Tuesday, April 19, 2011

Naval blockade, Baltimore massacre

  • In Washington, President Lincoln in another of his infamous warmongering actions and without a Constitutionally required Congressional declaration of war, surprises many and proclaims a bold naval blockade of all Southern ports. The Blockade will become a major part of Winfield Scott’s Anaconda Plan. The primary reason the President gives for the blockade is that “the laws of the United States for the collection of the revenue cannot be effectually executed therein.” In response to Jefferson Davis’ April 17 offer to authorize Southern privateers, Lincoln’s proclamation also declares that all privateering would be considered piracy. The Department of the Navy finds itself under immediate orders to place ships at all critical ports of the Confederacy. The blockade is initially spotty since the navy has 42 usable ships, 555 guns, and 7,600 sailors scattered around the world to block 3,500 miles of Atlantic and Gulf coastline.   However, it will be increased to 264 ships, 2,557 guns, and 22, 000 sailors by the end of 1861 and increase steadily thereafter until at the end of the war it will have 626 ships and 51,500 sailors. The US Supreme Court will later hold that Lincoln’s Blockade is the legal beginning of the War, giving further evidence that Lincoln, not the seceded states, fomented this war. /1861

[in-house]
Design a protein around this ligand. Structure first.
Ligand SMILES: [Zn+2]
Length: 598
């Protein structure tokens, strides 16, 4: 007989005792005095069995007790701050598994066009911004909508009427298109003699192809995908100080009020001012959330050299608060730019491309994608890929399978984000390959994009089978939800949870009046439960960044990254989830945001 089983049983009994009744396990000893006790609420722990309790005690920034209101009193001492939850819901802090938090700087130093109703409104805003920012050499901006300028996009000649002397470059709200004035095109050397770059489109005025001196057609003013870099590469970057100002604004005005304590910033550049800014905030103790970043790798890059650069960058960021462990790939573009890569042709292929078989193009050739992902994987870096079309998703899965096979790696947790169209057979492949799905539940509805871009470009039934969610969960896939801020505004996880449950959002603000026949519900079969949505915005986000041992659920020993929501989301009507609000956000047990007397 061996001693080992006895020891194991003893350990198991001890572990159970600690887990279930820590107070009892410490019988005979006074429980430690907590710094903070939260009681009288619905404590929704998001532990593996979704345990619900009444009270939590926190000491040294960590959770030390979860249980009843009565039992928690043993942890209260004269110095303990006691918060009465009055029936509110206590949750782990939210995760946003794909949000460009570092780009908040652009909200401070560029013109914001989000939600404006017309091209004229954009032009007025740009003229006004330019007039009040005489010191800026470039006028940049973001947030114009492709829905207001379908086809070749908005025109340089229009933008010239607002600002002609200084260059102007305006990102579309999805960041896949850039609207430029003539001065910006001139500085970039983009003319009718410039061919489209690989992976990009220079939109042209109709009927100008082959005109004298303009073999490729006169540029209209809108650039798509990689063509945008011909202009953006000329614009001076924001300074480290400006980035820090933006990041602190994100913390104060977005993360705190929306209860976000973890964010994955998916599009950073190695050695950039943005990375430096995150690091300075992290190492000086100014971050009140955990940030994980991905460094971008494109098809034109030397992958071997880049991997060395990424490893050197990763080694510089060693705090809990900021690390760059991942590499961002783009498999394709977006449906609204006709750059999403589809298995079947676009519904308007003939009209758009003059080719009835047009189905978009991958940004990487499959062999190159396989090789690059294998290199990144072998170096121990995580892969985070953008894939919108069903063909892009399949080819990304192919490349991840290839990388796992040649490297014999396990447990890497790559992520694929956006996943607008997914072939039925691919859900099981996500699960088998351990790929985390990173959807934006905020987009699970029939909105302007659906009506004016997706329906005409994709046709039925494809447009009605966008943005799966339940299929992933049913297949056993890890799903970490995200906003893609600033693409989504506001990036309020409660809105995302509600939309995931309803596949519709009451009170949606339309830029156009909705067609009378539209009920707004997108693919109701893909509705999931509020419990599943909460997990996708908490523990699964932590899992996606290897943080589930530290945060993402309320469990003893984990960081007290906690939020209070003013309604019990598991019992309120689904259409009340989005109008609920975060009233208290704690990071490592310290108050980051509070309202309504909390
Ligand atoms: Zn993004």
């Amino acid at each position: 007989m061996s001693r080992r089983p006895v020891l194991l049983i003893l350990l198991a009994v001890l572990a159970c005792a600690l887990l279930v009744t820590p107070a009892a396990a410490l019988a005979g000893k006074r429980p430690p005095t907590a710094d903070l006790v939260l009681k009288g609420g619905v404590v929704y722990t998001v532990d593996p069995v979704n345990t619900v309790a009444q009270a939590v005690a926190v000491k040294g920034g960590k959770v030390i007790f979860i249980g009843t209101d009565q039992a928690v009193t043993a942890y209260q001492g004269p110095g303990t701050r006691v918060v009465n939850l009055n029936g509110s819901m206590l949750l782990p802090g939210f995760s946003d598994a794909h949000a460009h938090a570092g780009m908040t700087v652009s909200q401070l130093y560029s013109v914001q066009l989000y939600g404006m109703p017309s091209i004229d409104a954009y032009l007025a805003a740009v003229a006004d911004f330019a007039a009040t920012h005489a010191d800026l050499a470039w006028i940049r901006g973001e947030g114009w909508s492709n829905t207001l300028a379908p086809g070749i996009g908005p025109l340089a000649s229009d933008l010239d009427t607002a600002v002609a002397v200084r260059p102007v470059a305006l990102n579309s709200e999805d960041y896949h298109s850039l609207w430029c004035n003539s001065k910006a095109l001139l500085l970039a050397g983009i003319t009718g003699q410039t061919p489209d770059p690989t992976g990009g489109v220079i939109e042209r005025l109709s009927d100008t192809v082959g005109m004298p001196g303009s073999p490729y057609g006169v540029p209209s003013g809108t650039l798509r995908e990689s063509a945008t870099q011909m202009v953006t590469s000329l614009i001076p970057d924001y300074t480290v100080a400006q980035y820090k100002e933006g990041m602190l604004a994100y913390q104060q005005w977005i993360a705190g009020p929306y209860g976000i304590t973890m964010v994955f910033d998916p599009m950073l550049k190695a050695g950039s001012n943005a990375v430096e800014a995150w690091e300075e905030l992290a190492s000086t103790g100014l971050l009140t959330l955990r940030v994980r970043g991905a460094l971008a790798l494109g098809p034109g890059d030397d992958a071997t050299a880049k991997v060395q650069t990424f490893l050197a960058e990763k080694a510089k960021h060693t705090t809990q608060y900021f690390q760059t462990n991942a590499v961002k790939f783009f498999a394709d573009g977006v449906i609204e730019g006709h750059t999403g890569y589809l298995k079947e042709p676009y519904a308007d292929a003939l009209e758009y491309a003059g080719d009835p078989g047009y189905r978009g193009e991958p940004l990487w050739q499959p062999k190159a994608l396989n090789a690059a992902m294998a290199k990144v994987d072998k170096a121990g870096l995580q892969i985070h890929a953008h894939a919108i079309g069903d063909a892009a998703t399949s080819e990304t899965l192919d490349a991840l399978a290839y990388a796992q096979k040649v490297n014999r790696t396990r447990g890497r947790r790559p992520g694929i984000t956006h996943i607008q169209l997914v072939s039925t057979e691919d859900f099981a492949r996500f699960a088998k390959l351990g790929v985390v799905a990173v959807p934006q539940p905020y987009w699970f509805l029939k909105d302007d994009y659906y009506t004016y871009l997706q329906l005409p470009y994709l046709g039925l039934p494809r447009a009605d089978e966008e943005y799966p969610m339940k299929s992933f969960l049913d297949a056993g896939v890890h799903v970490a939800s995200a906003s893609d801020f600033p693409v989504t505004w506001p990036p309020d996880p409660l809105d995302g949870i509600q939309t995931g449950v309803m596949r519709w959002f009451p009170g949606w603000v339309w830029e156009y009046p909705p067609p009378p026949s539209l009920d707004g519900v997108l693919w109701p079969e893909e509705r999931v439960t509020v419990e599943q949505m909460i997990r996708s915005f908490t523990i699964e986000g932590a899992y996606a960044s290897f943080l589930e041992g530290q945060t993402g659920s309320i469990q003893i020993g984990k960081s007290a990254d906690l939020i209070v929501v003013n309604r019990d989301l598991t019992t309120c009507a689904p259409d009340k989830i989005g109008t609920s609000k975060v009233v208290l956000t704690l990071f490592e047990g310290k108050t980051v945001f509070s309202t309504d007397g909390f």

• From Baltimore, Maryland, an important city for supply and defense of Washington, D.C., Mayor George W. Brown informs President Lincoln "that it is not possible for more soldiers to pass through Baltimore unless they fight their way at every step. In Baltimore, Southern sympathizers cut telegraph lines and bridges to Washington, D. C. Carrying Confederate flags, they attack the 6th Massachusetts Regiment as they pass through the city toward Washington. The 6th Massachusetts responds by opening fire on the crowd. When the dust settles, four soldiers and between nine and eleven civilians are dead and many wounded, 17 from the 6th Massachusetts. They are among the first casualties of the War Between the States, and earning the incident the sobriquet of the Baltimore Massacre. The 6th Massachusetts then proceeds to the District and is quartered for the night in the U.S. Senate Chamber. The US Navy will now be employed to ferry troops from Philadelphia and Annapolis to Washington, bypassing Baltimore./1861
  • Virginia State Militia assumes command of the destroyed Federal Arsenal at Harper’s Ferry, Virginia./1861
  • ·         The Northern States, misunderstanding that the South seceded because they wanted to be left alone, are shocked by fearful rumors. False reports circulate concerning a Southern troop movement toward Washington. Troops from Pennsylvania, New York, New Jersey, and the New England states begin to assemble. Even Quebec sends 600 men. Federal marshals seize the records of telegraphs sent from major Northern cities, leading to the arrest of Southern sympathizers. President Lincoln assigns Maj. Gen. Robert Patterson, Pennsylvania militia, to military command of the States of Delaware, Maryland, Pennsylvania, and District of Columbia. The city of brotherly love, Philadelphia, Pennsylvania, appropriates $1,000,000 to equip volunteers and support their families to subdue the South./1861

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